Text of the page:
Function and structure of the breast cancer predisposition gene BRCA1
The Genome Stability Unit at St Vincent’s Institute seeks a PhD student to join their multidisciplinary team, to uncover the molecular level details of the BRCA1 protein. BRCA1 contributes to the majority of known familial breast cancer risk in women by promoting DNA repair, a process critical to suppression of aging and cancer.
Disease states can arise from mutations that result in a change of just a few atoms within a protein comprised of tens of thousands of atoms. Our lab is interested in uncovering the molecular level details of important DNA repair pathways to understand the biology of healthy cells and how their dysfunction can lead to cancer. This information is the essential bedrock for developing preventative or chemotherapeutic therapies.
The project involves state of the art electron microscopy to visualise molecular level details of BRCA1 and its interaction partner protein BARD1. A model of BRCA1 bound to BARD1 is of significant scientific and therapeutic interest for the understanding of these proteins’ role in breast cancer predisposition, and how different mutations cause different levels of risk. Our lab is also equipped to perform follow-up biochemical experiments based on information obtained through generation of the model. We have already established methods for producing other proteins involved in the DNA repair pathway and for interrogating their activity in the laboratory using both biochemical and cell-based assays.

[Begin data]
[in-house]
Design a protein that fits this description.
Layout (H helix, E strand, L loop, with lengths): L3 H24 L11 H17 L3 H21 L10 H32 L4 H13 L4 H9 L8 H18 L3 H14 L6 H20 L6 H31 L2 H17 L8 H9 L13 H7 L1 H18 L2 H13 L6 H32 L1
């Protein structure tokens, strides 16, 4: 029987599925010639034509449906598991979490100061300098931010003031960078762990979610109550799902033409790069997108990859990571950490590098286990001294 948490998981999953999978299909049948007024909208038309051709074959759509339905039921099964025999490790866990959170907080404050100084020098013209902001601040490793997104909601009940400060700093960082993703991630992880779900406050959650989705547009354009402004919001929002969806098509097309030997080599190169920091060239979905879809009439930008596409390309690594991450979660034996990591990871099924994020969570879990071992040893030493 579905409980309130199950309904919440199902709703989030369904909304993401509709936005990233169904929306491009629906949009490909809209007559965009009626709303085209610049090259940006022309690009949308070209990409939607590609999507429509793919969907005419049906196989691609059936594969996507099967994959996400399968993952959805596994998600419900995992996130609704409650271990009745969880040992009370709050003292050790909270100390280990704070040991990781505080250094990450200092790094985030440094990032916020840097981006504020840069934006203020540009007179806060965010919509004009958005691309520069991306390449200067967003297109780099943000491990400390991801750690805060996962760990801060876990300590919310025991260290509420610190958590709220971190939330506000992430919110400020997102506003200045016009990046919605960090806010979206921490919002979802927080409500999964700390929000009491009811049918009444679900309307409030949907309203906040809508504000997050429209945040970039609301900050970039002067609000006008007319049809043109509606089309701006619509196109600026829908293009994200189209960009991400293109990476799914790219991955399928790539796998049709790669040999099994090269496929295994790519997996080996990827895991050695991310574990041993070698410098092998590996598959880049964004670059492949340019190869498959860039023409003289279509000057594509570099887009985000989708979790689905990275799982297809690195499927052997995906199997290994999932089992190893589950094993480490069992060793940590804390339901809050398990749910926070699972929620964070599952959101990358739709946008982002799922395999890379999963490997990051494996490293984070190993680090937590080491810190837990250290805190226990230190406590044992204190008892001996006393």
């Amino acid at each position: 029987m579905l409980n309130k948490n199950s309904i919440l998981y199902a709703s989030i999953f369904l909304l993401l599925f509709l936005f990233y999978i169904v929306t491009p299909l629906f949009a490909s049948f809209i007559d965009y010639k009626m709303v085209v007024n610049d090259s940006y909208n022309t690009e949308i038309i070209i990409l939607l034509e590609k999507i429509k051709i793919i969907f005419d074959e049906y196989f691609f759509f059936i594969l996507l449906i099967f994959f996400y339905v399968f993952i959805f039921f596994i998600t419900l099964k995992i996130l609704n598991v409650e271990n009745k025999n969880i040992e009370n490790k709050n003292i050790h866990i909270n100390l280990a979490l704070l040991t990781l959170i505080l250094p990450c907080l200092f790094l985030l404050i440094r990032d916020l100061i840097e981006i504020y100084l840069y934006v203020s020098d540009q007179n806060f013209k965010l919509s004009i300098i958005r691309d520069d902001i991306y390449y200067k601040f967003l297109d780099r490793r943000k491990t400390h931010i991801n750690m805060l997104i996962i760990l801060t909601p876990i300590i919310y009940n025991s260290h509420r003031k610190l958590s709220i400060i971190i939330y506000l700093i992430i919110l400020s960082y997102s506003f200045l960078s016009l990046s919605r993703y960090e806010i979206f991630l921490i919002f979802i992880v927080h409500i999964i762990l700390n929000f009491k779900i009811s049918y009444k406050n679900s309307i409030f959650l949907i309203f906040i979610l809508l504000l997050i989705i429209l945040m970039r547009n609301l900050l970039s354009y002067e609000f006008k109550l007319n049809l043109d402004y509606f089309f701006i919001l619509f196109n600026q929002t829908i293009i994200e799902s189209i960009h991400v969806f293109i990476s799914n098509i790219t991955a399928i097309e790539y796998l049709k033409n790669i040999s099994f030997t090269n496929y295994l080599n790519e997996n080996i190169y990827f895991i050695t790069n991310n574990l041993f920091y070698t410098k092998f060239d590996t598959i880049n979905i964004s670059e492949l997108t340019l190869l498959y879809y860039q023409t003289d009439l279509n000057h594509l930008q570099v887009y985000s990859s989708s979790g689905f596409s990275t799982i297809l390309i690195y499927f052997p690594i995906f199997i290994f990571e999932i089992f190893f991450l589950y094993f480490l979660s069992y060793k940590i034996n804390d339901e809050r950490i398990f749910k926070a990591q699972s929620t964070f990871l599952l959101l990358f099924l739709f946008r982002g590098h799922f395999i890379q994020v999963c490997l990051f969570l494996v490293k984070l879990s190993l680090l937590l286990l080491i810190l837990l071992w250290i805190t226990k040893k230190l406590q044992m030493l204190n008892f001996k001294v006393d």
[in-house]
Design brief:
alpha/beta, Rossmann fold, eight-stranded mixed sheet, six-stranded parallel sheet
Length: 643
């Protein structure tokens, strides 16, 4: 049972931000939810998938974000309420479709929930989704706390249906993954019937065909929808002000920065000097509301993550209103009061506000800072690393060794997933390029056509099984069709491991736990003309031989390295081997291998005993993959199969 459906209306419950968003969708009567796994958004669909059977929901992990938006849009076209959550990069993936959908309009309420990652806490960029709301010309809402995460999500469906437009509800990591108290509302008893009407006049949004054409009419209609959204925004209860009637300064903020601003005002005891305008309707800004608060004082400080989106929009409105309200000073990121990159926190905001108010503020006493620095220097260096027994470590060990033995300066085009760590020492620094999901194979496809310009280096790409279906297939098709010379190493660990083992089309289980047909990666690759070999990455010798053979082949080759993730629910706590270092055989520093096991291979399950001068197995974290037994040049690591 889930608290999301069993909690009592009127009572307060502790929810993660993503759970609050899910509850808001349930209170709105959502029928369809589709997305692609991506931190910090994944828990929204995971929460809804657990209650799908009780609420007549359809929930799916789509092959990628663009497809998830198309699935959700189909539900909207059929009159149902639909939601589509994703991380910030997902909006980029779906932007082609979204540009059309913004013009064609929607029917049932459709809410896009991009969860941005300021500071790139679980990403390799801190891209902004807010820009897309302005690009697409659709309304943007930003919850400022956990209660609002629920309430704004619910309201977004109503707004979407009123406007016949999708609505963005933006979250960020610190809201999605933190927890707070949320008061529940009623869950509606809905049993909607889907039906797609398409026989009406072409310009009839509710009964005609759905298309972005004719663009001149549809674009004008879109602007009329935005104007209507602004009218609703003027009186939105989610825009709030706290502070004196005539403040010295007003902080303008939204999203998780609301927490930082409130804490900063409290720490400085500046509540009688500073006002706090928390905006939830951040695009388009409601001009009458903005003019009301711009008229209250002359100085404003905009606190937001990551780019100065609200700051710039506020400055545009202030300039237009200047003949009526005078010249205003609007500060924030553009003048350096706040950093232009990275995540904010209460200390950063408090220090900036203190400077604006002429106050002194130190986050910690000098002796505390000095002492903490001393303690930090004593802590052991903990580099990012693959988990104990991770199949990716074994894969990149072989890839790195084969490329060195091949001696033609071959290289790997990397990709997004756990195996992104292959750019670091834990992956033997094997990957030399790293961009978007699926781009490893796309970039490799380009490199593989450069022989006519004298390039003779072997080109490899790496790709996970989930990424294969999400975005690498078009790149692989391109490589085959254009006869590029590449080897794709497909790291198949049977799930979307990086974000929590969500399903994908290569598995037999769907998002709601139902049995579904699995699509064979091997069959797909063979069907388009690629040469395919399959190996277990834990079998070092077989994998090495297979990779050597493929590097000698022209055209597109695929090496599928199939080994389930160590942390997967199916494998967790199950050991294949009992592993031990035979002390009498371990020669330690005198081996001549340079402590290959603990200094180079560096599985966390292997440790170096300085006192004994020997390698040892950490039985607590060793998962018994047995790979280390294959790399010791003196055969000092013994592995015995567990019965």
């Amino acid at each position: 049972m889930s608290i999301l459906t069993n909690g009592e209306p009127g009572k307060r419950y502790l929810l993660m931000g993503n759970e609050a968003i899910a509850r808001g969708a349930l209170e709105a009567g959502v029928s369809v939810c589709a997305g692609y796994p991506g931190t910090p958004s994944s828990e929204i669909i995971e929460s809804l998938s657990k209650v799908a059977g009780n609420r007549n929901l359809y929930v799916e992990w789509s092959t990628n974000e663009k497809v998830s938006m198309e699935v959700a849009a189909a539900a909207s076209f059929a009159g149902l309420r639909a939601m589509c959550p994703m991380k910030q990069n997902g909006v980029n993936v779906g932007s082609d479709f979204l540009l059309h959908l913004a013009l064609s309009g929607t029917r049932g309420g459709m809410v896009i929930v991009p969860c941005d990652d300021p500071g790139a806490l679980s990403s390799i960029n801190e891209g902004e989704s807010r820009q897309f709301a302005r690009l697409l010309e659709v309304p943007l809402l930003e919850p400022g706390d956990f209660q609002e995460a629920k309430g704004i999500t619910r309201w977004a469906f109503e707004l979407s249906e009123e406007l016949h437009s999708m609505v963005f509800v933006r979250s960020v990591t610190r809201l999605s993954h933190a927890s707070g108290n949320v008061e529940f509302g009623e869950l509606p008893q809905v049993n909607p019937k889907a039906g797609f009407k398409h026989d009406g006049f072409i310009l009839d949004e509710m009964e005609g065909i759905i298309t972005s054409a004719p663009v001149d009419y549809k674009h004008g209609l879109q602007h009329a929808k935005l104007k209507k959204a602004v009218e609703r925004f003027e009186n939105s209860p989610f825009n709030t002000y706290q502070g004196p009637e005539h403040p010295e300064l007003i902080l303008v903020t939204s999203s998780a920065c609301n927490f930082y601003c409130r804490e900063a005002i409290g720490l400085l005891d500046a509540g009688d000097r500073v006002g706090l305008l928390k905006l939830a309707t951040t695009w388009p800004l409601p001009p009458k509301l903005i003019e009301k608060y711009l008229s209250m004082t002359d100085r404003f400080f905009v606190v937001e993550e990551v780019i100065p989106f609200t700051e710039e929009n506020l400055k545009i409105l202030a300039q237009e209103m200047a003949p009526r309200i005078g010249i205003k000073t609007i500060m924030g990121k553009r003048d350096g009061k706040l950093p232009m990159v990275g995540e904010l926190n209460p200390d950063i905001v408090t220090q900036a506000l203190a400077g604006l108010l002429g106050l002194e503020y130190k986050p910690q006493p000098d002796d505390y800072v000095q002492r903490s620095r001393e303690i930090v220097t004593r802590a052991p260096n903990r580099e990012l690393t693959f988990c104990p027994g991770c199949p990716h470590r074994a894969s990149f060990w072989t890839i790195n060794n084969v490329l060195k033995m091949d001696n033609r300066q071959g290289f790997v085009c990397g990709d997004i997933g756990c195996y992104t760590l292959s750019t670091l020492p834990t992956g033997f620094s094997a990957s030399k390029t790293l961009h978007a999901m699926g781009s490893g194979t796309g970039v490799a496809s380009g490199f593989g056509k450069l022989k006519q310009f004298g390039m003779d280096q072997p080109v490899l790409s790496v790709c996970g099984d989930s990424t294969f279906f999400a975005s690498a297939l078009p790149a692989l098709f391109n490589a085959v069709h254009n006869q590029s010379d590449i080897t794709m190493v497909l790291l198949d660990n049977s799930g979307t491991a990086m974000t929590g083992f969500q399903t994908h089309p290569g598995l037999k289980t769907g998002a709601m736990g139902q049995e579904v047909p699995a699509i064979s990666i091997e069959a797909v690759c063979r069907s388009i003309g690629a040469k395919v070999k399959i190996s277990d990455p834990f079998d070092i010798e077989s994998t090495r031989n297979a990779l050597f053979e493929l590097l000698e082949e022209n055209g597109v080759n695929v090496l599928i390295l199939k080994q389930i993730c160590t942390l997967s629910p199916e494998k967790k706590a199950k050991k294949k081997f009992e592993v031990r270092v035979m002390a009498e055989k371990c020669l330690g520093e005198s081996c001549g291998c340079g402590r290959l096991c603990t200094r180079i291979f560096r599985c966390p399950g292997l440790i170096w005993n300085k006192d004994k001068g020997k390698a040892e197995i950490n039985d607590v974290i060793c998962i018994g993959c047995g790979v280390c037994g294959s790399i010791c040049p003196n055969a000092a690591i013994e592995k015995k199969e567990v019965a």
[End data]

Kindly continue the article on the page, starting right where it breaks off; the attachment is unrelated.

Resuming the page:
The Genome Stability Unit also works closely with other teams based in familial cancer clinics and breast cancer treatment centres.The ideal candidate would be self-motivated, keen to learn numerous biochemical and cell-based techniques, and above all want to contribute to our knowledge of proteins involved in breast cancer predisposition and DNA repair.
A/Prof Andrew Deans
Dr Rohan Bythell-Douglas
Mutations to DNA cause many different types of human disease, including all cancers. DNA repair mechanisms have evolved to protect cells from mutation, and DNA repair genes are therefore important tumour suppressors. The Genome Stability Unit at St Vincent’s Institute researches the mechanisms by which DNA repair is controlled, or could be targeted in therapy. The group currently has a high researcher: student ratio meaning plenty of expert advice is available to students.
For further information about this project, contact: